In video, Ghosn says he is innocent, victim of backstabbing:The Asahi Shimbun

In video, Ghosn says he is innocent, victim of backstabbing:The Asahi Shimbun

Ghosn's lawyer Junichiro Hironaka has, meanwhile, slammed Japan's judicial system as being akin to "hostage justice".

No date has been set for Ghosn's trial as yet.

Ghosn was the architect of the alliance between Nissan and French carmaker Renault, and brought Mitsubishi on board in 2016. He was arrested last week while on bail.

After his November arrest, he spent 108 days in a detention centre in Tokyo before being released on bail of around $9m on March 6, emerging from incarceration dressed in a workman's uniform and face mask in an apparent bid to avoid the media.

"This is about a plot, this is about conspiracy, this is about backstabbing", he said, according to Reuters.

In the video, recorded before his re-arrest last week, the former chairman of Nissan repeated his claims of innocence and claimed credit for 20 years of success at the company.

"If you are listening to me through this video today, it means that I was not able to make the press conference that I planned for April 11", he says in the segment.

The seven-minute clip was, however, edited by his legal team to remove the names of people Mr. Ghosn accused of treachery due to legal concerns.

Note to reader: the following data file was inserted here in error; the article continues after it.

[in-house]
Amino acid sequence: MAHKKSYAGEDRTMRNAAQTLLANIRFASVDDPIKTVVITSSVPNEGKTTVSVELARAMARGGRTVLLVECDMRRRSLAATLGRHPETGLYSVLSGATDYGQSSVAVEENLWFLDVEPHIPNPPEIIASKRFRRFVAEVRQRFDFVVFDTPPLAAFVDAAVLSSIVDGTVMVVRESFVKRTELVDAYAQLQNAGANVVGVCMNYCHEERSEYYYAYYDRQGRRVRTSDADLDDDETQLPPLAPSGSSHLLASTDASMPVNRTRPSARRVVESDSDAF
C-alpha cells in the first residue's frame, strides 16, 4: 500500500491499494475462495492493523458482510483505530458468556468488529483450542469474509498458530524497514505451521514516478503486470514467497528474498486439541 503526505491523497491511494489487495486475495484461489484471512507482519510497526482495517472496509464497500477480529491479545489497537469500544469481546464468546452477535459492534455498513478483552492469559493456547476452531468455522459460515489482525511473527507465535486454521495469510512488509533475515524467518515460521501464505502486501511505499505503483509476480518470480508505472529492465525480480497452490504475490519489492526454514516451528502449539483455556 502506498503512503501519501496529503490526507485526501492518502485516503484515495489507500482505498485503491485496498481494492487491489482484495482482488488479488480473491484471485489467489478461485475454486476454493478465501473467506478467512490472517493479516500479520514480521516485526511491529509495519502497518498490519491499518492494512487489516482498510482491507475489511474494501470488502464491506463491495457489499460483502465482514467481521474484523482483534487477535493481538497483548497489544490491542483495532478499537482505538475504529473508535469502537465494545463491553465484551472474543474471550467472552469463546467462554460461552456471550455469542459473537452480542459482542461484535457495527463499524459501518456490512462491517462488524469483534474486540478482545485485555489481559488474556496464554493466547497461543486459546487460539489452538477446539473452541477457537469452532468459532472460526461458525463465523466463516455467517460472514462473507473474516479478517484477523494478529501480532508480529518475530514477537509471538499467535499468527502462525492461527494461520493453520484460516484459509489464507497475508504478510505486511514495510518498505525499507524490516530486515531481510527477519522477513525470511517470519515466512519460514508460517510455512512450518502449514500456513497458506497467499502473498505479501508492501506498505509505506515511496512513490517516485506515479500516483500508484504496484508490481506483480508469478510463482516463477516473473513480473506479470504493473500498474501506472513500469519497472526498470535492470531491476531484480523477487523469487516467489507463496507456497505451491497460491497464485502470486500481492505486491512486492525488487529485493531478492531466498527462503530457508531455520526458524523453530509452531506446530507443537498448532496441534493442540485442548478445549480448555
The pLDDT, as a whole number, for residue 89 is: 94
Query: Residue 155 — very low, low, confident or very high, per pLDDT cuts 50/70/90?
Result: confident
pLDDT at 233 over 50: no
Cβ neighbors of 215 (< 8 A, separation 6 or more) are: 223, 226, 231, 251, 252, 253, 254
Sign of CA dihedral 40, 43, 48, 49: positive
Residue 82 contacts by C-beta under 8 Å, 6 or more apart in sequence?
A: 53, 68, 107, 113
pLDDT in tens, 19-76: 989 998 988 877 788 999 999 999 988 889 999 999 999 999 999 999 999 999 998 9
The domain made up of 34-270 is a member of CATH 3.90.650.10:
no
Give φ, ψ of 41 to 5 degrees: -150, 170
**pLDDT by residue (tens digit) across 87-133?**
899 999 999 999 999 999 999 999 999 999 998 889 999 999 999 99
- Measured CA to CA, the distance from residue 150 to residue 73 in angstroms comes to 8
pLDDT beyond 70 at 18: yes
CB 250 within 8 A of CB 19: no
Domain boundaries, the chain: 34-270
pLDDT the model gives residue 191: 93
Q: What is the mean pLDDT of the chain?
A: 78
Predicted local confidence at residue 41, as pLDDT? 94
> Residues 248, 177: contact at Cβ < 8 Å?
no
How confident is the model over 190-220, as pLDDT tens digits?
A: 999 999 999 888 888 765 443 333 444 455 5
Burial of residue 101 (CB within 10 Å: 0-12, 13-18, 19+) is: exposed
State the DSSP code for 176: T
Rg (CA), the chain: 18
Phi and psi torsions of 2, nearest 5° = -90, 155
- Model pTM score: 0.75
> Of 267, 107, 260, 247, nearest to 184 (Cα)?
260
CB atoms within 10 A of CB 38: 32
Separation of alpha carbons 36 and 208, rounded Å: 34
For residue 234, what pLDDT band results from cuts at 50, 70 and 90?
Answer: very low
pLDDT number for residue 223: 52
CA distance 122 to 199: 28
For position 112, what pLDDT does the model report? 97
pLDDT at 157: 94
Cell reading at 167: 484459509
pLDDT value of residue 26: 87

Prosecutors took the highly unusual step of re-arresting Ghosn last week on fresh allegations that he used company funds to enrich himself to the tune of $5 million (557 million yen).

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They suspect around $5m of these funds were syphoned off for Ghosn's use, including for the purchase of a luxury yacht and financing personal investments.

The new charges - following a $9m bail after four months behind bars - claim Ghosn enriched himself with Nissan money and caused the vehicle manufacturer $5m (£3.8m) in damages.

There has been huge worldwide and Japanese media interest in his case that has shocked and surprised many from the beginning, the AFP reported.

The Ghosn arrest story has produced so many twists and turns that we've nearly become accustomed to it as the industry's background noise (not unlike the emissions scandal, it appears to be rumbling interminably on and on).

His rearrest came just days after news that Renault, which Ghosn also once headed, had handed French prosecutors documents showing suspicious transfers worth millions of euros authorised by the auto industry tycoon. The bullet he saves for the third point: "This is a conspiracy".

She told a French newspaper she had been forced to flee Tokyo with support from the French ambassador and was able to use her United States passport after having to surrender her Lebanese one to prosecutors. She said she hopes Macron will help her husband win release from the Tokyo Detention House.

He was replaced by Renault chairman Jean-Dominique Senard.

To start the extraordinary meeting, Hiroto Saikawa, Nissan's CEO, bowed in apology.